All things including stars, die! When stars run out of hydrogen, the nuclear fusion reactions at their core stops and they become unstable and collapse in on themselves. It is important to note that not all stars collapse the same way. Massive stars explode into a supernova and then collapse down into neutron stars, or black holes. We know this because of the work of astrophysicist Subrahmanyan Chandrasekhar. Chandrasekhar was an Indian-born scientist who spent 50 years at the University of Chicago. He is most famous for coming up with the theory that explains the death of the universe’s most massive stars. Before Chandrasekhar, scientists assumed that all stars collapsed into white dwarfs when they died.
What is Chandrasekhar Limit?
The utmost mass that a white dwarf star that’s stable can have is known as the Chandrasekhar limit. E.C. Stoner and Willhelm Anderson pointed it out in their papers and termed it after Subrahmanyan Chandrasekhar an Indian astrophysicist who made major independent discoveries on improving the preciseness of the computation.
The scientist community ignored the limit at the start as it would legitimize the existence of black holes (technically unrealistic at this turn-off time). Due to the pressure of electron degeneration, the white dwarf stars oppose its gravitational collapse.
Chandrasekhar limit is established at a point when the mass at which the pressure from the degeneration of electrons is not able to balance the self-attraction of the gravitational field. The limit that has been established these days is 1.39 M☉.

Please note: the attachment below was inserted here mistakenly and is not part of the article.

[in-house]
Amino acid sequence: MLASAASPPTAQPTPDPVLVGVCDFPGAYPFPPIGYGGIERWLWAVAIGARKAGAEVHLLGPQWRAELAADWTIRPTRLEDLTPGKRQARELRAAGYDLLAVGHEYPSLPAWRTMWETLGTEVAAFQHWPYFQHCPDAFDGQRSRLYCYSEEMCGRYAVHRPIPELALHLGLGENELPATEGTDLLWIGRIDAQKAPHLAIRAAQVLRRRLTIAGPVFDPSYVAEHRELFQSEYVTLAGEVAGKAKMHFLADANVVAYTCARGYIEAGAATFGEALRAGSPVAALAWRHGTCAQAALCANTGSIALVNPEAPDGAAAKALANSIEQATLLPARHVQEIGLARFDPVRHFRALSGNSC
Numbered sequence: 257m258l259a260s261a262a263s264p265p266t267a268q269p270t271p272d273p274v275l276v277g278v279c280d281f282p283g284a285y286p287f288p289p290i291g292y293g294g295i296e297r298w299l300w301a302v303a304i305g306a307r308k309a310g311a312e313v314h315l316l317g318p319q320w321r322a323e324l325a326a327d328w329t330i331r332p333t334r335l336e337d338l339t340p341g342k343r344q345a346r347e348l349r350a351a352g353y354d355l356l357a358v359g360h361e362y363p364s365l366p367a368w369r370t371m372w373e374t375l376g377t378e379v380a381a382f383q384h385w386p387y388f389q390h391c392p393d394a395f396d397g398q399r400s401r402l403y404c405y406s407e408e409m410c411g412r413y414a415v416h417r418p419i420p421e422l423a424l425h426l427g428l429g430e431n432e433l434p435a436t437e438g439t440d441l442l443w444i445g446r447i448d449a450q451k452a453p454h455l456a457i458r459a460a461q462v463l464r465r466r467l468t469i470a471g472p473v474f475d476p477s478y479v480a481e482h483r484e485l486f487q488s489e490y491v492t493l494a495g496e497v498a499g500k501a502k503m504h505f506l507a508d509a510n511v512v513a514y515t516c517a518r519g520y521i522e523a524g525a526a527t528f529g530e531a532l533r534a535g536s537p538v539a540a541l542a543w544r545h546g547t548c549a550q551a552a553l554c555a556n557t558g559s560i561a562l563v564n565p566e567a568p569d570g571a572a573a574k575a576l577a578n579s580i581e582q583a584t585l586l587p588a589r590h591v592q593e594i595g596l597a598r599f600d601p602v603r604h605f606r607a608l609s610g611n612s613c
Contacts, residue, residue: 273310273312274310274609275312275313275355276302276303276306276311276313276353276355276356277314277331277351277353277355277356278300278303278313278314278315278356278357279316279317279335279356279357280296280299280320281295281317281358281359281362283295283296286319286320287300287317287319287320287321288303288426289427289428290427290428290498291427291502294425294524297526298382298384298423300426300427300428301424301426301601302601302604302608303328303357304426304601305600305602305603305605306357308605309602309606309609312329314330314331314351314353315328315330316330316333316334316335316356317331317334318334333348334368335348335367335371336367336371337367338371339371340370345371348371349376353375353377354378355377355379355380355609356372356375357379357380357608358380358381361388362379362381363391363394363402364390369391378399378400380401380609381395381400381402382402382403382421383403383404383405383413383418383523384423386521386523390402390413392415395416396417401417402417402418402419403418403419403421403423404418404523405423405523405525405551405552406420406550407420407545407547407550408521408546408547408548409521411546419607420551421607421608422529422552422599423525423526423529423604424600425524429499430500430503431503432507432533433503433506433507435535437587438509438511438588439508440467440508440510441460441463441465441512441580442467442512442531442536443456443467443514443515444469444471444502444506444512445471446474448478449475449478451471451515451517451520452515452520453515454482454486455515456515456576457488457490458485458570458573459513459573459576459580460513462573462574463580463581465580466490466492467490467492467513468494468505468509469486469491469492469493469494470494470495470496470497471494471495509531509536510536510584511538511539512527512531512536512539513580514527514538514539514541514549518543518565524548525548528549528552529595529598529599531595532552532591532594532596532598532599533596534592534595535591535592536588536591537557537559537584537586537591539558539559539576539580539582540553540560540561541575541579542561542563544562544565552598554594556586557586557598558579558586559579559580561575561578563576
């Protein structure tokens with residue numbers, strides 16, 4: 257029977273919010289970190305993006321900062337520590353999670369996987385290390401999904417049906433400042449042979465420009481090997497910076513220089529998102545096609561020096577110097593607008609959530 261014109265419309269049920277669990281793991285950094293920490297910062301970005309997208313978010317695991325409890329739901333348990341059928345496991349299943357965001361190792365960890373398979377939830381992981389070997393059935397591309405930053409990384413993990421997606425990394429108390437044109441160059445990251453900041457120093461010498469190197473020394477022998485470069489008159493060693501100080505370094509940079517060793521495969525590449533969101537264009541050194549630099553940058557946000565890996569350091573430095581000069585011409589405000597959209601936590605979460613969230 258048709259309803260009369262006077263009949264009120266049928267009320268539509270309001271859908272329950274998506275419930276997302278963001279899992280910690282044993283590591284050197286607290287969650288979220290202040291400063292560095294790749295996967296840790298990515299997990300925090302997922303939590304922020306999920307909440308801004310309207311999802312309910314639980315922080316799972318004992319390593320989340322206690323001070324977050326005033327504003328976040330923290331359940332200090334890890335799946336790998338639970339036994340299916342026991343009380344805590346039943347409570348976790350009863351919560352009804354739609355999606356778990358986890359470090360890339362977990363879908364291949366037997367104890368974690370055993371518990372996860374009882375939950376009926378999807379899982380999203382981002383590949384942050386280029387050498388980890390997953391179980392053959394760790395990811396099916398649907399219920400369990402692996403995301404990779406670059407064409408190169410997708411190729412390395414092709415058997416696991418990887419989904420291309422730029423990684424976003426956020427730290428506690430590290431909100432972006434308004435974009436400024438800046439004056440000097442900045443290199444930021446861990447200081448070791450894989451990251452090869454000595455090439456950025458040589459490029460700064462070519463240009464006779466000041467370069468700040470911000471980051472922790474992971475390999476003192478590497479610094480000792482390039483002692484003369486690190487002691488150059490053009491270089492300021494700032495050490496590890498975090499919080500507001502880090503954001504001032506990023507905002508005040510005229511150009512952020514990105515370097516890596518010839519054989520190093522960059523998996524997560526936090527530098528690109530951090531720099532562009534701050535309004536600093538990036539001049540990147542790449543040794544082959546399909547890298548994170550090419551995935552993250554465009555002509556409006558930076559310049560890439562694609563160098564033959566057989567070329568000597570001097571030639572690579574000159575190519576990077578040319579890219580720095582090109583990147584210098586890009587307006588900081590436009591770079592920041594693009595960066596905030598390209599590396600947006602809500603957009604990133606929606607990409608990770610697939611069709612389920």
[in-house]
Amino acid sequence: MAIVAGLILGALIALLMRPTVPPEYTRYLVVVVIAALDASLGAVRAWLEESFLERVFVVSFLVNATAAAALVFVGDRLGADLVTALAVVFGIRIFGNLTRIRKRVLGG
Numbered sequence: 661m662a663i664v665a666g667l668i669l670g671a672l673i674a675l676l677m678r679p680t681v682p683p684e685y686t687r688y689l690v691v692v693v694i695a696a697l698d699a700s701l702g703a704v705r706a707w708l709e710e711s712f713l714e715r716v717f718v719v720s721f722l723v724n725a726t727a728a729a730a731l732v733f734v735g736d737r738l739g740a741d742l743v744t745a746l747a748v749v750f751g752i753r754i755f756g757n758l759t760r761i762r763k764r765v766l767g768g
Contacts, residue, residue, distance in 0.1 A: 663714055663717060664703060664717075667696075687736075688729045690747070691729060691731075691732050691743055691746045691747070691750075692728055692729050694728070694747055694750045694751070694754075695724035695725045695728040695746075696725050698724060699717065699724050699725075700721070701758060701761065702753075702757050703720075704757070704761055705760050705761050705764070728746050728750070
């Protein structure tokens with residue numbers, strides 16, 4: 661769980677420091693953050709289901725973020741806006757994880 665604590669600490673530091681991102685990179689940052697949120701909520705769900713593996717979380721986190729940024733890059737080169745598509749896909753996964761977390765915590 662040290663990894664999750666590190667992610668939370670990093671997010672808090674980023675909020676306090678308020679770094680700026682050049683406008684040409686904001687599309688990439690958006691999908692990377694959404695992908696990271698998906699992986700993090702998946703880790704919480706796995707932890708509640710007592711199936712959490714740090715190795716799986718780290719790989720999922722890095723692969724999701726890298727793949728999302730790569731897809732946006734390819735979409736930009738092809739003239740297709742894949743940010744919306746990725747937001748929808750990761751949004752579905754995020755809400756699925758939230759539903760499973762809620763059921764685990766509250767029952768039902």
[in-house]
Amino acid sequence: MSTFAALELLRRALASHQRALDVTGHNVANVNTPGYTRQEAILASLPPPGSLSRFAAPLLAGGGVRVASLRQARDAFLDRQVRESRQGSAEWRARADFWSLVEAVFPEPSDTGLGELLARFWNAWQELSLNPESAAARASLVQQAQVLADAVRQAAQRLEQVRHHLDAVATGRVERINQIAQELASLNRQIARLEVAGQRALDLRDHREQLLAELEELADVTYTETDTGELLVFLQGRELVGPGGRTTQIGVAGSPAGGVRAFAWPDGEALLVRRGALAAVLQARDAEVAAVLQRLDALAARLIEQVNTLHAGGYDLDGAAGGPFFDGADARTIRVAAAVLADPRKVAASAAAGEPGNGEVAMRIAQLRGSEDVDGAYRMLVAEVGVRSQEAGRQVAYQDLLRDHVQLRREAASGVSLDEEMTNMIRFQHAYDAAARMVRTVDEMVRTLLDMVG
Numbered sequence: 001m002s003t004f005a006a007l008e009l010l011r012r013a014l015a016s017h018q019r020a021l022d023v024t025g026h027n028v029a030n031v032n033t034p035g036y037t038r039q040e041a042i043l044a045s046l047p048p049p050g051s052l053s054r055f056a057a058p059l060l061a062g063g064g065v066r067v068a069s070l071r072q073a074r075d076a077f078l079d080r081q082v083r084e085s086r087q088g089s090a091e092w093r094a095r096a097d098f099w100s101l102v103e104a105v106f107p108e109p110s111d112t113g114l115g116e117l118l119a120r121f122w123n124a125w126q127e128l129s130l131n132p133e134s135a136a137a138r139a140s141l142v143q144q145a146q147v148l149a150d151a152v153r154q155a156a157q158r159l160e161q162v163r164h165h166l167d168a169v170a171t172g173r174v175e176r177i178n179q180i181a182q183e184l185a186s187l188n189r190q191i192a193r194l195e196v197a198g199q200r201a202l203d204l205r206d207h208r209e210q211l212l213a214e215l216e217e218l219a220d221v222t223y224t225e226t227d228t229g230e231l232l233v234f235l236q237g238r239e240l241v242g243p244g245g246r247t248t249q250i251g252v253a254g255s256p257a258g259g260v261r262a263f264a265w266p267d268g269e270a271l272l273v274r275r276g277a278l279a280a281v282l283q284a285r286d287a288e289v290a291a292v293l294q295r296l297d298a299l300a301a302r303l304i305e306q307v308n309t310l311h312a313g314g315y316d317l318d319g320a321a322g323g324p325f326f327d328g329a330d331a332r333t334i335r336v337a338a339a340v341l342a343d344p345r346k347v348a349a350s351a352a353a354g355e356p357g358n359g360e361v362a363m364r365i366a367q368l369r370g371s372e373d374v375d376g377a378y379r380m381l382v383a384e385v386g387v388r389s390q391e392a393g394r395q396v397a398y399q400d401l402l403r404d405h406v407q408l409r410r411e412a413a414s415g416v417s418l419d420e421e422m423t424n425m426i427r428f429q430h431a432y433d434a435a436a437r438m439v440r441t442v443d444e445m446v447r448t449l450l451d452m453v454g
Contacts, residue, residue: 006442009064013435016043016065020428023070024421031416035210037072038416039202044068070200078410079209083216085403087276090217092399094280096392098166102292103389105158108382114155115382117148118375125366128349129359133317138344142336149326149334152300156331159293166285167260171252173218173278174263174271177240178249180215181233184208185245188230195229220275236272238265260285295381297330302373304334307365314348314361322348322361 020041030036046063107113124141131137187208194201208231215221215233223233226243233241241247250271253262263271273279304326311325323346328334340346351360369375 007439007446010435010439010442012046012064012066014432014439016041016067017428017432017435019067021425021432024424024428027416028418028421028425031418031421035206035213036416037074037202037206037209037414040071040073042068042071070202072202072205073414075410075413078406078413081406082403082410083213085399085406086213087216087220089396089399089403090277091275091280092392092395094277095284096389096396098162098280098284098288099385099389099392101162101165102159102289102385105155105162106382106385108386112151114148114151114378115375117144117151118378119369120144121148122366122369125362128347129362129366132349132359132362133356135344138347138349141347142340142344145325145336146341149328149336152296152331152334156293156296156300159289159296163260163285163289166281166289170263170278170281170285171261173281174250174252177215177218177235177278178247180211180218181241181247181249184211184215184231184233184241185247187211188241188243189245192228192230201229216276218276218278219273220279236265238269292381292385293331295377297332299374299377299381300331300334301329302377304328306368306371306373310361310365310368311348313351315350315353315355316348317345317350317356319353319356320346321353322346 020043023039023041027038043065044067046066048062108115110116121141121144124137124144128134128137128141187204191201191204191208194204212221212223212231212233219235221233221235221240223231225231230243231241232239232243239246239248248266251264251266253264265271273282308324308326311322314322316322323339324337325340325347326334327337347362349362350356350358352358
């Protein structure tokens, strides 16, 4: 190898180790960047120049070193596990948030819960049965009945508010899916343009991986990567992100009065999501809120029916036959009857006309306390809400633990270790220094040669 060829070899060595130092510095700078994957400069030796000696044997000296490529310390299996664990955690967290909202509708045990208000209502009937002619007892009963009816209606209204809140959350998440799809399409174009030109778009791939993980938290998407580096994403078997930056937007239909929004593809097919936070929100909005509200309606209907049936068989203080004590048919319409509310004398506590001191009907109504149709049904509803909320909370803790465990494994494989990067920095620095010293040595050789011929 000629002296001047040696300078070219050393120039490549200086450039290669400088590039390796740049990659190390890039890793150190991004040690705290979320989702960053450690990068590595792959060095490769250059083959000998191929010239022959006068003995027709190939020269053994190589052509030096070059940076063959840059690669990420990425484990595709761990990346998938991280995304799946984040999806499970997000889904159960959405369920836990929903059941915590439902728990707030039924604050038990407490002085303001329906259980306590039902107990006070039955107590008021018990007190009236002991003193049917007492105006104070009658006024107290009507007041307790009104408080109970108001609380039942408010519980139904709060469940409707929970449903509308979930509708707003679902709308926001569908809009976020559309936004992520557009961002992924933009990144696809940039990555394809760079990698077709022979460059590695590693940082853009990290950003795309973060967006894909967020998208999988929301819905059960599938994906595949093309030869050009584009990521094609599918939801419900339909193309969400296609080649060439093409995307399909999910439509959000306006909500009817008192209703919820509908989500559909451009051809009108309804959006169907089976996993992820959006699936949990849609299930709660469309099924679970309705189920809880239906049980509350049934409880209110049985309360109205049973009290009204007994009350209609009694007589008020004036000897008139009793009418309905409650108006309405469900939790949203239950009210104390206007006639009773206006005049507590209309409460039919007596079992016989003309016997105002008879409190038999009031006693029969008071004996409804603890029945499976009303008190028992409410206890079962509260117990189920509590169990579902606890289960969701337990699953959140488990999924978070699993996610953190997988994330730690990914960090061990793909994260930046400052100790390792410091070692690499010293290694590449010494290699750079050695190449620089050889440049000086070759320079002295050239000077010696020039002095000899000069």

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Pauli’s exclusion principle gives rise to a phenomenon of quantum-mechanics termed as Electron degeneracy pressure. Electrons cannot have the same state or the minimum-energy level. This is because they are fermions.
A spectrum of energy levels exists and electrons should be distributed throughout them. When the electron gas is compressed, the amount of electrons in a specific volume increases and so does the energy level of the band that has been occupied. Thus, to produce the electron degeneracy pressure, pressure must be applied for the compression of the electron gas as their energy increases when compressed. Electron capture occurs when that pressure is so great that the electron goes into the nuclei.
Application of Chandrasekhar Limit
- When the nuclei of lighter elements fuse into the nuclei of a heavier one the resultant heat is what keeps the core of the star from collapsing. The core will become condensed and hotter when collapsed as the exhaustion of the nuclei will take place.
- As getting energy through fusion is impossible in the case of iron ions, a dangerous circumstance occurs when iron amasses in the core. If the star is less than 8 solar masses, it will sooner or later get to a mass level lower than the Chandrasekhar limit.
- Stars that have more mass will be converted into a black hole as the pressure due to the electron degeneration will keep them from collapsing until the density is extremely high. Neutrinos are released when through electron capturing the electrons are captured by the protons. The released neutrinos take away the energy that was created due to the decreasing potential energy (collapse of the core). The energy is around 1046 joules.
What is Chandrasekhar Unit?
Chandrasekhar unit is used for explaining the maximum mass of a white dwarf star which is equivalent to 1.44 solar masses. When the limit exceeds the star into a neutron star or a black hole.
What is the Chandrasekhar limit for a neutron star?
The maximum Chandrasekhar limit for a neutron star is 3 Msun.
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